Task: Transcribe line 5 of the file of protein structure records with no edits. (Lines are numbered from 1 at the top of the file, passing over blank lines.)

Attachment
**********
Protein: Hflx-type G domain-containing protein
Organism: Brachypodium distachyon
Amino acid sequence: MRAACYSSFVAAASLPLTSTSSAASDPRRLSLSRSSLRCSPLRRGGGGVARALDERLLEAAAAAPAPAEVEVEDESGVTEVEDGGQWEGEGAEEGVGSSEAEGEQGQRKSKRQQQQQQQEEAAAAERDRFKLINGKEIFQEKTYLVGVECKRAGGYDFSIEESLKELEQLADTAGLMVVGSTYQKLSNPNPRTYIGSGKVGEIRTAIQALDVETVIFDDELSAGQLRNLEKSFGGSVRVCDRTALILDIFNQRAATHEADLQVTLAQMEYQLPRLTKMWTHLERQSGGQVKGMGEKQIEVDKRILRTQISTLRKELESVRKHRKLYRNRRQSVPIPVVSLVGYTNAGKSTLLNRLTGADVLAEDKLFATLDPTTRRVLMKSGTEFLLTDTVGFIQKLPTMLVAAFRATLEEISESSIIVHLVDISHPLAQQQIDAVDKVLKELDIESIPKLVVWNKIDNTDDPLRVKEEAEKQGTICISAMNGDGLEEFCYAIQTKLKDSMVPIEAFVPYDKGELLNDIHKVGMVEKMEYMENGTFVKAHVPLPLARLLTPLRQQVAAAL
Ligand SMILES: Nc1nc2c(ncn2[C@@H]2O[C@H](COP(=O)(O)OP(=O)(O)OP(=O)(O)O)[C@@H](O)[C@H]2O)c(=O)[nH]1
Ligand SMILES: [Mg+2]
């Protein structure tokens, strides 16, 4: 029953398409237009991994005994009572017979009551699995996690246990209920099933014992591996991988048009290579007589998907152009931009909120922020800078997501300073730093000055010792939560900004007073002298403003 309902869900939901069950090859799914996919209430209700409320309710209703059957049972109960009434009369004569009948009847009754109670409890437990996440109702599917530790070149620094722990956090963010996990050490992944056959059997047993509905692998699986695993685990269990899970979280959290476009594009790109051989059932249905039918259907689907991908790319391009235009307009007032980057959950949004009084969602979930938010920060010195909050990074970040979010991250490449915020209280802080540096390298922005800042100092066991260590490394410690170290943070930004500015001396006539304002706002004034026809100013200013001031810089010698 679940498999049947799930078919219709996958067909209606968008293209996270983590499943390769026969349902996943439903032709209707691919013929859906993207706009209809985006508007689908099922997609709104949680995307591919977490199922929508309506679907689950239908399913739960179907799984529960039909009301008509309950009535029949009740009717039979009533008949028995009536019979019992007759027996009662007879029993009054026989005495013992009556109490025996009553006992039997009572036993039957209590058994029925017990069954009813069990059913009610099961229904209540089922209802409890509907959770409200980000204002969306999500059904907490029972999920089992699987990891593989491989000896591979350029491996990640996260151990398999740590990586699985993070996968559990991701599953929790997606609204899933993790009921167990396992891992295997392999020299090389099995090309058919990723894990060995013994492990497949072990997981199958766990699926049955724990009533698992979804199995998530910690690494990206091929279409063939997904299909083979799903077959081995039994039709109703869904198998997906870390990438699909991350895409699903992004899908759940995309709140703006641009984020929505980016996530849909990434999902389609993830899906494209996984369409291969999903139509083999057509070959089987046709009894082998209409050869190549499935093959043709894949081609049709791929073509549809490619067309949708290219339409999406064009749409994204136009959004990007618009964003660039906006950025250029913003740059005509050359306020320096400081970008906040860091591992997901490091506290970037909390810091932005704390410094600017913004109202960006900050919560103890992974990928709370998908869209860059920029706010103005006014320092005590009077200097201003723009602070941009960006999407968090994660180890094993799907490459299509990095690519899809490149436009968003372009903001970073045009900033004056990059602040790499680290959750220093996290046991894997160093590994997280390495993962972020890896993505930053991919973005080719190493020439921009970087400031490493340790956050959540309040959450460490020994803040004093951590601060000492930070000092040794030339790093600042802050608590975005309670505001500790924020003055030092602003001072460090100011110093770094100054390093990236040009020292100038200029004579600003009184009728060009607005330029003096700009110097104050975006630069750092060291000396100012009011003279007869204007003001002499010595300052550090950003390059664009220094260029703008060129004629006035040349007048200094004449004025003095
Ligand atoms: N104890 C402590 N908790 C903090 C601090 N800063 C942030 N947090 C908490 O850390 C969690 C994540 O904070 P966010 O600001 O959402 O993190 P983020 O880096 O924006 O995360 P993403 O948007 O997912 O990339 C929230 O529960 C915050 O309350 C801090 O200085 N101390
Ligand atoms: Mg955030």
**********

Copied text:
Ligand SMILES: [Mg+2]